Making quiches come true
In the kitchen I see a parallel between picking the best ingredients that go into my creation and gathering my emotions in their purest form
Do you not get homesick?" my boyfriend's mother asked me at the dinner table last evening. I'd been talking about the flexible nature of my freelance routine, how I have managed to afford for myself the luxury of being able to work from wherever I happened to me in any moment in time. "As long as I have a kitchen I can cook in, I'm happy," I told her. I was surprised by my answer. I hadn't thought about the notion of homesickness given that I've come to define myself as a domestic itinerant, someone who doesn't travel as much as temporarily inhabits spaces, investing them with traces of my being and belongings, so that elements of myself can always be recovered should I choose to track my way back by following the strategic trail of my bread-crumbed words.
Over the years, while my suitcases have acquired a more minimal sensibility in terms of their contents, I can confidently attest to how the weight of my emotional baggage has exponentially increased. We are conditioned to think of the phrase negatively, as if it embodied a situation that merited castigation. I could argue that it is in fact what mitigates the gut-wrenching absorptiveness of homesickness.
I am only now recognising the scale of this mostly imperceptible luggage. I am beginning to see how memories, in their pure, unfiltered, inarticulable form, are never singular, even when they disguise themselves as such. In order to recall, for instance, a specific flavour that I'm seeking to recreate in the kitchen, I find my mind inadvertently conjuring a stream of corollary memories, until I find myself lost in a labyrinth, as if suddenly interlaced within all the petticoats of the onion I am peeling and dicing. So wound up are they, so incapable of being segmented from each other.
Strangely, it is while cooking that I experience my emotions in their rawest, most unprocessed form. The rest of my day is typically spent in intellectually engaging activity—reading, writing, thinking—or in manual chores that facilitate the treatment of thought.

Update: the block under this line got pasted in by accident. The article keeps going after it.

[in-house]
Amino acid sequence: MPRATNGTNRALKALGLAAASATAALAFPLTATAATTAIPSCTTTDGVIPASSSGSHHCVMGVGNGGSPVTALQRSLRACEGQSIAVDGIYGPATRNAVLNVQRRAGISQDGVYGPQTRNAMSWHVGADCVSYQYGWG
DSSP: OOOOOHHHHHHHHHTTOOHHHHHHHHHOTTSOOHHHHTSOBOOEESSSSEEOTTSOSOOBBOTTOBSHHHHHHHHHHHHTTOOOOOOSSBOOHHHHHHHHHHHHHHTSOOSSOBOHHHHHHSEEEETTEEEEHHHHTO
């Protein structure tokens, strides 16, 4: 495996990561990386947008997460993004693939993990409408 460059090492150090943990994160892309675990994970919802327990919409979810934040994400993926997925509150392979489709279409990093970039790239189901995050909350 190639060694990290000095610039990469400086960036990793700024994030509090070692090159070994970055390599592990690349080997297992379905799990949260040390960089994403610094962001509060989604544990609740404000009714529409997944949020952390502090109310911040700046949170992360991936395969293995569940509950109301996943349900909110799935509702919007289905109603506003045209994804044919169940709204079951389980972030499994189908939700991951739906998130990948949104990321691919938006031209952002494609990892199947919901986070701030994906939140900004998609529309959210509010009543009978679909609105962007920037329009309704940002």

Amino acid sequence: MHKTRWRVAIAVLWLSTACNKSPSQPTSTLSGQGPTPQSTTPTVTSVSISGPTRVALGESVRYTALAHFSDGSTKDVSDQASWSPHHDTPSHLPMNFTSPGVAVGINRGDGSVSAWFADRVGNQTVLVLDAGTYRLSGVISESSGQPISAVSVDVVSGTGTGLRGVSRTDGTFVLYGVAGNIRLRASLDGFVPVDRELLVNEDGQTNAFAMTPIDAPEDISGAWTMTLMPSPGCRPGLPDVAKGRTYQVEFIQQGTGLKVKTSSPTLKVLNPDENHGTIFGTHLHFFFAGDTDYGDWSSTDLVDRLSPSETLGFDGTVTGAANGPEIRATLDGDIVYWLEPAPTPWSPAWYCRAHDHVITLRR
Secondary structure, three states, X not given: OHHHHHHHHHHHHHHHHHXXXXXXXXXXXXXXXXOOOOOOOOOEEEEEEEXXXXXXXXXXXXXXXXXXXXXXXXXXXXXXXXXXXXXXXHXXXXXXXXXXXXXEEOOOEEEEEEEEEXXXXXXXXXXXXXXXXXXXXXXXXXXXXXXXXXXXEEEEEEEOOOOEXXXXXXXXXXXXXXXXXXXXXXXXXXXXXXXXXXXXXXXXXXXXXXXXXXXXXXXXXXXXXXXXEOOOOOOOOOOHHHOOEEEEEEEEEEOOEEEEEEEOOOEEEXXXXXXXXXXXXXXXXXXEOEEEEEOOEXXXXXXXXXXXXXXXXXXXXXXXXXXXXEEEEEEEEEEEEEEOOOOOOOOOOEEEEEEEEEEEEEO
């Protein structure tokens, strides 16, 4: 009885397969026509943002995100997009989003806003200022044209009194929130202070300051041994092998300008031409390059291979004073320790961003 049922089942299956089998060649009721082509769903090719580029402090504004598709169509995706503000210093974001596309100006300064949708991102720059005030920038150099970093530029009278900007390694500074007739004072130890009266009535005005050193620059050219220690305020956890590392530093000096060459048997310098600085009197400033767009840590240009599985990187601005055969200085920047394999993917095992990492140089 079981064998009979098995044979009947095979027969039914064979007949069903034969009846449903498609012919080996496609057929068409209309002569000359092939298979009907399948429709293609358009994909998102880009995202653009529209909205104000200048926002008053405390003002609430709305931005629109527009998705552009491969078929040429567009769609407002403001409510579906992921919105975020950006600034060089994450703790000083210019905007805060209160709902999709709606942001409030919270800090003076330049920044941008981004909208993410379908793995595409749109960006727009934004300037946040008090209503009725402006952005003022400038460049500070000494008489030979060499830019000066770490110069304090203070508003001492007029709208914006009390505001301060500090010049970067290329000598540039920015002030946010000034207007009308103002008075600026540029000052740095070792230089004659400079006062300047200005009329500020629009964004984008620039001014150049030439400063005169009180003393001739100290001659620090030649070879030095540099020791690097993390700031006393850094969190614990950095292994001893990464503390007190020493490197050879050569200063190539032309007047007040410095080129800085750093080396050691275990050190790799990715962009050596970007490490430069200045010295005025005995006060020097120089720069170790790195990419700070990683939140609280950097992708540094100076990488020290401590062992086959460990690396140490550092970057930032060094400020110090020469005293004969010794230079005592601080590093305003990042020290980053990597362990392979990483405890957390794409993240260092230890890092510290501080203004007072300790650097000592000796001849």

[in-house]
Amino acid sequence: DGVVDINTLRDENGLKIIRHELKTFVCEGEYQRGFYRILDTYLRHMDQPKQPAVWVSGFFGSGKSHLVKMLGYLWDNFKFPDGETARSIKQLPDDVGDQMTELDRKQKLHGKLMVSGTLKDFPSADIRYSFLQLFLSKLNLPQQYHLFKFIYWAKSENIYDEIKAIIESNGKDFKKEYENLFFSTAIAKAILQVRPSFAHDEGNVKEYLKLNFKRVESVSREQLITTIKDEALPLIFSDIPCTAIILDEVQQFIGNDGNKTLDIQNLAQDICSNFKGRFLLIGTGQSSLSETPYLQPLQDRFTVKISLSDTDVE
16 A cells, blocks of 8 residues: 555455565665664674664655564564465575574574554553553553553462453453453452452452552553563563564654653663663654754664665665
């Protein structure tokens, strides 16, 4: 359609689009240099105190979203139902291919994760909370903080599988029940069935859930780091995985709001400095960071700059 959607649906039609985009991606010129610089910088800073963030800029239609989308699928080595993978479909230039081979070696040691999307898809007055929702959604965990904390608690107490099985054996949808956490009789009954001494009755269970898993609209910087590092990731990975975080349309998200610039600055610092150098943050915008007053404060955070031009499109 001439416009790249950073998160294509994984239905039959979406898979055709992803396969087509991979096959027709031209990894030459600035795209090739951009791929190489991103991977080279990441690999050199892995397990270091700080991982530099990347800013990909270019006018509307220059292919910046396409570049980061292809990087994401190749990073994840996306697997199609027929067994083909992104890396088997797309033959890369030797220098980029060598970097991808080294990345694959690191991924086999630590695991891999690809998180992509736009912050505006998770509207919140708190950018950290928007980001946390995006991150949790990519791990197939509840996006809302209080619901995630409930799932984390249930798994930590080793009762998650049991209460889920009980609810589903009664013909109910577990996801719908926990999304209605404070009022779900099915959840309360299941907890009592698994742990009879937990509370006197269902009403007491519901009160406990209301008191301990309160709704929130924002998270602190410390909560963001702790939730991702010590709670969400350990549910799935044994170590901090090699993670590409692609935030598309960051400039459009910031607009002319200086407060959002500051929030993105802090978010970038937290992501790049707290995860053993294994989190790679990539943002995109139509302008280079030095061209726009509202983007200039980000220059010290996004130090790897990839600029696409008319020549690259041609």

That there could be a loftiness to fear is a revelation that overwhelmed me earlier that afternoon when I placed into the oven the spring form bearing the pastry I kneaded onto which I poured the pre-custard-ly mixture of whipped cream and eggs into whose still liquid depths I positioned, ad-hoc, spears of white asparagus that I'd first steamed, then tossed in butter and rosemary and that he then braised, with my permission, in bacon fat. I gasped as I saw the yellowy liquid entrails oozing along the outer circumference of the spring form. Would the center hold? I had rubbed egg yolk along the surface of the pastry floor to fortify it against the impending flood? Why, then, did it ooze out? Had I left enough room for the custard to puff or would it spill over? Would it cook in time for lunch, considering, upon his request, I'd doubled the quantity, put in to bake in one form the equivalent of two quiches?
I discovered, later that afternoon, that within the domain of the kitchen I have subconsciously evolved strategies to compensate for my self-doubt. Should the quiche backfire, I devised an alternative: couscous with beetroot. You have to really be mentally invested in order to get couscous to backfire. The odds of failure are extremely slim if you follow the most basic instructions: adding it into hot water with some oil and salt. I used the same water I'd used to steam the white asparagus, infusing the couscous with flavour. After it readied itself, I added beetroot and chopped parsley, a serving of fried bacon, olive oil, red wine vinegar, pepper, salt, coarsely pounded hazelnuts and pine nuts and sectioned bits of the blood orange we'd bought to use in my marinade for the chicken I was to roast later in the evening.
In any kitchen I'm in, I've found that fear is inevitably followed by relief, though relief seems a mediocre word. There aren't too many emotional equivalents for the almost ecstatic sense of satisfaction you derive when you lift a quiche out of a spring form and find that it hasn't collapsed, isn't half-baked, is whole in a way you never imagined yourself capable of facilitating. Or when you tuck into your mouth a forkful of couscous only to find that the orange you squeezed in on a whim, like a dressing, has contributed to the mixture an earthy sweet-sourness; a citric note that, though subtle, works much like a major or minor key in which a symphony is composed; it holds all its constituting elements together, delivering a finesse you hadn't conceived.
You are humbled by the co-mingling of this, that, and the other; ingredients that sit alongside each other simply because you are not in the safety of the kitchen of your residence where you know exactly what is available and at your disposal. I'm convinced that for me, home is indeed where the hearth is.
Deliberating on the life and times of Everywoman, Rosalyn D'Mello is a reputable art critic and the author of A Handbook For My Lover. She tweets @RosaParx Send your feedback to email@example.com
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